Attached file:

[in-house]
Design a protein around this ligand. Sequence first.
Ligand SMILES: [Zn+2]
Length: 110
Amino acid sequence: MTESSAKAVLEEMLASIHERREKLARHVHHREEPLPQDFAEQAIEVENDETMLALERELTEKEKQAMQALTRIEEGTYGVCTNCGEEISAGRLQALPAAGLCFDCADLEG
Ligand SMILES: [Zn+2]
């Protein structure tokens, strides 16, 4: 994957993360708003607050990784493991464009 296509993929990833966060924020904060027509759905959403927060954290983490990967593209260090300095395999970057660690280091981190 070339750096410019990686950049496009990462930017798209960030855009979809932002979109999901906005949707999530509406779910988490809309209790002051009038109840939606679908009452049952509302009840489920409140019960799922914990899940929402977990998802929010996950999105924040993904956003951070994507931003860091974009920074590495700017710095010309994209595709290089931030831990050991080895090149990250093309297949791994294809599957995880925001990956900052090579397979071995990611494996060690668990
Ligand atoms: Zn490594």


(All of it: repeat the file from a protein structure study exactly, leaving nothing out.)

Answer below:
[in-house]
Design a protein around this ligand. Sequence first.
Ligand SMILES: [Zn+2]
Length: 110
Amino acid sequence: MTESSAKAVLEEMLASIHERREKLARHVHHREEPLPQDFAEQAIEVENDETMLALERELTEKEKQAMQALTRIEEGTYGVCTNCGEEISAGRLQALPAAGLCFDCADLEG
Ligand SMILES: [Zn+2]
């Protein structure tokens, strides 16, 4: 994957993360708003607050990784493991464009 296509993929990833966060924020904060027509759905959403927060954290983490990967593209260090300095395999970057660690280091981190 070339750096410019990686950049496009990462930017798209960030855009979809932002979109999901906005949707999530509406779910988490809309209790002051009038109840939606679908009452049952509302009840489920409140019960799922914990899940929402977990998802929010996950999105924040993904956003951070994507931003860091974009920074590495700017710095010309994209595709290089931030831990050991080895090149990250093309297949791994294809599957995880925001990956900052090579397979071995990611494996060690668990
Ligand atoms: Zn490594």